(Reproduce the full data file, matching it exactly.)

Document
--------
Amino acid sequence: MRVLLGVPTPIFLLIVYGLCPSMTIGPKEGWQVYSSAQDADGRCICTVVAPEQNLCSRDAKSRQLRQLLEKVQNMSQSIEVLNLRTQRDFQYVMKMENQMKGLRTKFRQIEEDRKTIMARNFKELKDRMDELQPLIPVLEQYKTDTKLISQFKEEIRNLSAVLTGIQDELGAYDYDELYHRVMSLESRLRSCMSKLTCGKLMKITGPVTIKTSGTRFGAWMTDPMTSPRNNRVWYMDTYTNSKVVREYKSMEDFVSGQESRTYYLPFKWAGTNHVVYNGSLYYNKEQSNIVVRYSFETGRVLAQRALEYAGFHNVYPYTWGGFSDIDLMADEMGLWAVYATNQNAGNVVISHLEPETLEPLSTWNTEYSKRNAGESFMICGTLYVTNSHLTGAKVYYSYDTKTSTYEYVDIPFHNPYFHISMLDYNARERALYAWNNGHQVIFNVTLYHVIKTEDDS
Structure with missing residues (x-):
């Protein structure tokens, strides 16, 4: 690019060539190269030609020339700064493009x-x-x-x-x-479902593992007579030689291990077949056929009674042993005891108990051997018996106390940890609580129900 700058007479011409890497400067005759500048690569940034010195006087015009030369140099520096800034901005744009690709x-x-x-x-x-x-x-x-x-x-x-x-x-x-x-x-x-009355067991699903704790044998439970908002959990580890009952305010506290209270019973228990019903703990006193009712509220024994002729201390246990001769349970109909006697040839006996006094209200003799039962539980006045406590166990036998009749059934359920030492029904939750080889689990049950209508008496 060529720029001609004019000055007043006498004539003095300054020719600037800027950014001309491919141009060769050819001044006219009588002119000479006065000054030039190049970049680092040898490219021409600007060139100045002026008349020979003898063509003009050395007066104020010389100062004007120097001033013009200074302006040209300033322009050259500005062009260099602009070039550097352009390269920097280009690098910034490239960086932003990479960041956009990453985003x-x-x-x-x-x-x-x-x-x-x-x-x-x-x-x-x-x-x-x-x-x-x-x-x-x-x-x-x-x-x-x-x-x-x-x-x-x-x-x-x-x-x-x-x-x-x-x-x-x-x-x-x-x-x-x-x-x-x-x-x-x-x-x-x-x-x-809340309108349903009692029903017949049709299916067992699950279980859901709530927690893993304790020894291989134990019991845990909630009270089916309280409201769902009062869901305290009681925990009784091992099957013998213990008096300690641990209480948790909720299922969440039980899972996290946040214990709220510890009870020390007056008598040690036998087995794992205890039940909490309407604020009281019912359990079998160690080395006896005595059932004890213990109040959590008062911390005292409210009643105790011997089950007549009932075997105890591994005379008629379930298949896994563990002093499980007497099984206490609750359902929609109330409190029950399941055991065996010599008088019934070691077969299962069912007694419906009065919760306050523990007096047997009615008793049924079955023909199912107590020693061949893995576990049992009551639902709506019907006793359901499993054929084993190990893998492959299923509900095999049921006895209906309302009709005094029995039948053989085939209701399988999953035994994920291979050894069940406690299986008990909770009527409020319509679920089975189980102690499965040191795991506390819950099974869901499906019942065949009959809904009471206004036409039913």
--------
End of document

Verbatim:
Amino acid sequence: MRVLLGVPTPIFLLIVYGLCPSMTIGPKEGWQVYSSAQDADGRCICTVVAPEQNLCSRDAKSRQLRQLLEKVQNMSQSIEVLNLRTQRDFQYVMKMENQMKGLRTKFRQIEEDRKTIMARNFKELKDRMDELQPLIPVLEQYKTDTKLISQFKEEIRNLSAVLTGIQDELGAYDYDELYHRVMSLESRLRSCMSKLTCGKLMKITGPVTIKTSGTRFGAWMTDPMTSPRNNRVWYMDTYTNSKVVREYKSMEDFVSGQESRTYYLPFKWAGTNHVVYNGSLYYNKEQSNIVVRYSFETGRVLAQRALEYAGFHNVYPYTWGGFSDIDLMADEMGLWAVYATNQNAGNVVISHLEPETLEPLSTWNTEYSKRNAGESFMICGTLYVTNSHLTGAKVYYSYDTKTSTYEYVDIPFHNPYFHISMLDYNARERALYAWNNGHQVIFNVTLYHVIKTEDDS
Structure with missing residues (x-):
């Protein structure tokens, strides 16, 4: 690019060539190269030609020339700064493009x-x-x-x-x-479902593992007579030689291990077949056929009674042993005891108990051997018996106390940890609580129900 700058007479011409890497400067005759500048690569940034010195006087015009030369140099520096800034901005744009690709x-x-x-x-x-x-x-x-x-x-x-x-x-x-x-x-x-009355067991699903704790044998439970908002959990580890009952305010506290209270019973228990019903703990006193009712509220024994002729201390246990001769349970109909006697040839006996006094209200003799039962539980006045406590166990036998009749059934359920030492029904939750080889689990049950209508008496 060529720029001609004019000055007043006498004539003095300054020719600037800027950014001309491919141009060769050819001044006219009588002119000479006065000054030039190049970049680092040898490219021409600007060139100045002026008349020979003898063509003009050395007066104020010389100062004007120097001033013009200074302006040209300033322009050259500005062009260099602009070039550097352009390269920097280009690098910034490239960086932003990479960041956009990453985003x-x-x-x-x-x-x-x-x-x-x-x-x-x-x-x-x-x-x-x-x-x-x-x-x-x-x-x-x-x-x-x-x-x-x-x-x-x-x-x-x-x-x-x-x-x-x-x-x-x-x-x-x-x-x-x-x-x-x-x-x-x-x-x-x-x-x-809340309108349903009692029903017949049709299916067992699950279980859901709530927690893993304790020894291989134990019991845990909630009270089916309280409201769902009062869901305290009681925990009784091992099957013998213990008096300690641990209480948790909720299922969440039980899972996290946040214990709220510890009870020390007056008598040690036998087995794992205890039940909490309407604020009281019912359990079998160690080395006896005595059932004890213990109040959590008062911390005292409210009643105790011997089950007549009932075997105890591994005379008629379930298949896994563990002093499980007497099984206490609750359902929609109330409190029950399941055991065996010599008088019934070691077969299962069912007694419906009065919760306050523990007096047997009615008793049924079955023909199912107590020693061949893995576990049992009551639902709506019907006793359901499993054929084993190990893998492959299923509900095999049921006895209906309302009709005094029995039948053989085939209701399988999953035994994920291979050894069940406690299986008990909770009527409020319509679920089975189980102690499965040191795991506390819950099974869901499906019942065949009959809904009471206004036409039913």